I'm experiencing symptoms of:
- Frequent Tearing
of Americans have Meibomian Gland Dysfunction
of Americans struggle daily with Dry Eye Syndrome
It’s difficult to focus on life when your eyes are irritated, dry, or constantly watering. Not only do irritated eyes feel bad, but they often look bad too! There are a wide range of problems that cause dry eyes, from Meibomian Gland Dysfunction (MGD) to insufficient tear production. Whatever the cause, we have seen it all and can prescribe treatments that get at the underlying issue rather than simply treating the symptoms. Learn more about dry eye below and what we can do to help and then make an appointment for an exam so we can get you feeling better!
“Wow! The lipiflow treatment is an easy and comfortable in office procedure that is long lasting!
With the dry eye therapy my doctor recommended, I no longer have to worry about my eyes feeling gritty throughout the day!
I am so glad I decided to go forward with treating my meibomian gland dysfunction! I can make it throughout my workday at a computer with little to no dry eye problems.
I have suffered with dry eye for 6 years and was unable to find a doctor to find the proper treatment for me. A combination of dry eye therapies has kept many dry eye manageable and my eyes feeling great again!
What Causes Dry Eye Syndrome?
Dry Eye Syndrome occurs when the layer of tears covering our eye, called the tear film, is no longer able to protect the cornea from exposure to the environment. This can happen when not enough tears are formed or if our tears evaporate too quickly.
Two Types of Dry Eye
Evaporative Dry Eye: Occurs secondary to Meibomian Gland Dysfunction (MGD), where the oils that form the lipid layer become solidified and trapped within the meibomian glands. This causes the tear film to evaporate quickly off the eye.
Aqueous Deficient Dry Eye: Occurs when an insufficient amount of the aqueous layer of the tear film is produced.
Do You Suffer From Dry Eye?
Dry Eye is more than an annoyance, it’s a serious health issue that can lead to permanent changes to the ocular surface and even vision loss. No one deserves to deal with the terrible symptoms that come with Dry Eye Syndrome. To get relief, schedule now with our dry eye expert, Dr. Chelsey Hawks!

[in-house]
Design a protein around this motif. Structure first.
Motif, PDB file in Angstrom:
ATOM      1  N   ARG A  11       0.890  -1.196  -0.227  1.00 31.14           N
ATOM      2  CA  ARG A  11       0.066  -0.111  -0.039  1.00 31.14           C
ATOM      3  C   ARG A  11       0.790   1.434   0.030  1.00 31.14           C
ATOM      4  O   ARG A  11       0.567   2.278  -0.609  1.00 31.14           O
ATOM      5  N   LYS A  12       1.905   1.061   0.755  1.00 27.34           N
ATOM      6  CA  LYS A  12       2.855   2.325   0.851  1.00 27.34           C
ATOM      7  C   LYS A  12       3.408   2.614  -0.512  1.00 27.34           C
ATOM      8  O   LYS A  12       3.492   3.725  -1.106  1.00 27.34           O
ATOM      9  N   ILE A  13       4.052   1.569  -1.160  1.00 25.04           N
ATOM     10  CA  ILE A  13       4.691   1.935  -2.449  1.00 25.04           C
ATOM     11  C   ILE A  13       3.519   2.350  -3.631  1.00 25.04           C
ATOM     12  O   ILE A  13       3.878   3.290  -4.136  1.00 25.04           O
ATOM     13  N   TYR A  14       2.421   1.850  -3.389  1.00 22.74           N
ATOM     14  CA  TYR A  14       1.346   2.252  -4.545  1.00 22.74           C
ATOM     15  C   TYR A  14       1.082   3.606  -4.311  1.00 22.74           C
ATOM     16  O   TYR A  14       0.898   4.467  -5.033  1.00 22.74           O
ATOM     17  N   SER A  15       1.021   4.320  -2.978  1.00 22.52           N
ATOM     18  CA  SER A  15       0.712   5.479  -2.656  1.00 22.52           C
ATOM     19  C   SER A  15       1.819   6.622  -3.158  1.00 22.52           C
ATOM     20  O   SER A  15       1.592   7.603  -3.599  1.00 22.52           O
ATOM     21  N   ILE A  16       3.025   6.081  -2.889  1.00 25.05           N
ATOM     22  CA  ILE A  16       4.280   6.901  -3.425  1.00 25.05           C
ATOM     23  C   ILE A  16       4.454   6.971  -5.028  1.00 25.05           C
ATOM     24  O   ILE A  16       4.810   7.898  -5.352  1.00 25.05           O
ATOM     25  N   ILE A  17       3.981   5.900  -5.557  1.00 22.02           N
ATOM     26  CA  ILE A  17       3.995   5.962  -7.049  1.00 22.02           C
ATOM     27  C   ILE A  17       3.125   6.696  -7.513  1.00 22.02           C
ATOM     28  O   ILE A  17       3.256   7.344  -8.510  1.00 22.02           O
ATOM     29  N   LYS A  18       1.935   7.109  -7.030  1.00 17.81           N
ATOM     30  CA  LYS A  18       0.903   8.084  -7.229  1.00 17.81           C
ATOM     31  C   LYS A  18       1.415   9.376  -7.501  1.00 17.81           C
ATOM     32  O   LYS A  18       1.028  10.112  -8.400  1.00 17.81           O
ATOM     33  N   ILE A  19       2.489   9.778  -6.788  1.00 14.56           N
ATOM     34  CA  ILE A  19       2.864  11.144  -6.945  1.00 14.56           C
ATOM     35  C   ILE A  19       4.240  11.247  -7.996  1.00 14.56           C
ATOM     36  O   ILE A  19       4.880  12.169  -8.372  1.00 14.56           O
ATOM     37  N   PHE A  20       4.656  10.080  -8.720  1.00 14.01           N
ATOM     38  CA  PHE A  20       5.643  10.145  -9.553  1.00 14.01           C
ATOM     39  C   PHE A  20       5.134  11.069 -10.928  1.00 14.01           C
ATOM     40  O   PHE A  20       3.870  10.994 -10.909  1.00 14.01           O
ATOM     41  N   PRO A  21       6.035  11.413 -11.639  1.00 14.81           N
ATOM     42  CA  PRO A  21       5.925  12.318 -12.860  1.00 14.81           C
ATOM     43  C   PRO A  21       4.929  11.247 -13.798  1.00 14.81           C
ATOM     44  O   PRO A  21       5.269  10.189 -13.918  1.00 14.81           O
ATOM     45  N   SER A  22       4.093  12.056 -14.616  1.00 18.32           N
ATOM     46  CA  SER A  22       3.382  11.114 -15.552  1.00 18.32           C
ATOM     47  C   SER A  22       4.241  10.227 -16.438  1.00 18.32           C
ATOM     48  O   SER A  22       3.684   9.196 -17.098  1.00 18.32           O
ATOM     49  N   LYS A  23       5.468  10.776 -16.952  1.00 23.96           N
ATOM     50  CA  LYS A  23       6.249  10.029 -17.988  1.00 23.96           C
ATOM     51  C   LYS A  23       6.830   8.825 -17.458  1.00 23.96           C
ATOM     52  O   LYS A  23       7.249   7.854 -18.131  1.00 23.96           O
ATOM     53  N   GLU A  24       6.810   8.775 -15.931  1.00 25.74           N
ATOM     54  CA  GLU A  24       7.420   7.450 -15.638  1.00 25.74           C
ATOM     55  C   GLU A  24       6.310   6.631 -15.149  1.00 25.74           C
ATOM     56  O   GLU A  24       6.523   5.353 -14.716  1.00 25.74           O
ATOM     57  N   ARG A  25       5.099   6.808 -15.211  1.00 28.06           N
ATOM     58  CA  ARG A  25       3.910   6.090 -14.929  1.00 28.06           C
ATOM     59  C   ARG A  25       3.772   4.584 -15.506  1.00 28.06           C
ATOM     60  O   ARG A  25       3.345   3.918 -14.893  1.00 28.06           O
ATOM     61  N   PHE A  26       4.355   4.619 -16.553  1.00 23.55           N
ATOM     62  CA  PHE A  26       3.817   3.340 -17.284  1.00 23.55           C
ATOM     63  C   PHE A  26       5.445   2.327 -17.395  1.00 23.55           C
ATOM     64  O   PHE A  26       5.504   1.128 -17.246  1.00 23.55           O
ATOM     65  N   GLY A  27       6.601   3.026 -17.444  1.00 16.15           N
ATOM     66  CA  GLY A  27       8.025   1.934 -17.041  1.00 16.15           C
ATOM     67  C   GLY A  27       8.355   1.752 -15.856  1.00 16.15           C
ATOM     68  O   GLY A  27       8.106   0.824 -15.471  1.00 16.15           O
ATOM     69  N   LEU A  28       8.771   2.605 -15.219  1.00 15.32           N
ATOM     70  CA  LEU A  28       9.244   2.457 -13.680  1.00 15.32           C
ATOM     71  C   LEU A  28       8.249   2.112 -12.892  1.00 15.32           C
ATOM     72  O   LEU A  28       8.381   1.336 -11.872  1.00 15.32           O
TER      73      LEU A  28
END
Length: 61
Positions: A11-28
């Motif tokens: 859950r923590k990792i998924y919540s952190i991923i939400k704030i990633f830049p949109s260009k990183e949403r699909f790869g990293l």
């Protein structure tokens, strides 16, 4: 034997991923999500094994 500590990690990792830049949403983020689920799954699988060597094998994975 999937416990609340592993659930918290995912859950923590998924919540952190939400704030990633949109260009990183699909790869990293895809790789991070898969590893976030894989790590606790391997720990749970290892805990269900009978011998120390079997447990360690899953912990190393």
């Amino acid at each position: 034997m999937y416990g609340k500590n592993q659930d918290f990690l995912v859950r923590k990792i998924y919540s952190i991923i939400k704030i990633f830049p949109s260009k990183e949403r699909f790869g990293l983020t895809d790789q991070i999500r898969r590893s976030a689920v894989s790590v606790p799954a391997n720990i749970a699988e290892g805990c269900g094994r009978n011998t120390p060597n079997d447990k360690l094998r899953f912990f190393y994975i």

What is Meibomian Gland Dysfunction (MGD)?
Meibomian Gland Dysfunction is the underlying cause of most dry eye. An oil called meibum is produced in the meibomian glands of the eyelid and makes up the outer layer of the tear film called the lipid layer. This lipid layer is responsible for stabilizing the tear film and preventing evaporation. When the meibum becomes solidified and trapped within the glands, the tear film evaporates too quickly, creating a dry ocular surface. The image to the left shows images of the meibomian glands from an instrument called a meibographer.
Diagnosing Dry Eye Syndrome
Dry Eye Syndrome is diagnosed after a careful examination of the tear film, cornea, and meibomian glands. This may include specialized equipment, like the Lipiscan, dyes used to highlight dry and damaged areas, and other technology that helps assess the quality of the tear film.
The Lipiscan Meibographer assesses the health of your Meibomian Glands
Treating Dry Eye
- Lipiflow: An in office treatment using gentle thermal pulsation to treat MGD.
- Punctal Plugs: Silicone plugs that keep tears from draining off the ocular surface.
- Heat Mask: Hot compresses used at home to maintain meibum after Lipiflow.
- Omega-3’s: Used to improve the quality of meibum being produced by the meibomian glands in dry eye.
- Rx Eye Drops: Such as Restasis, Xiidra, or Cequa help produce more natural tears.
- Artificial Tears: Used as needed to replenish the tear film and protect the cornea at night.
- Scleral Contacts: Used to treat dry eye in contact lens wearers. Learn more here.
- Amniotic Membranes: Similar to a contact lens but used to rebuild corneas damaged by dry eye
A gentle thermal pulsation is used to treat Meibomian Gland Dysfunction (MGD)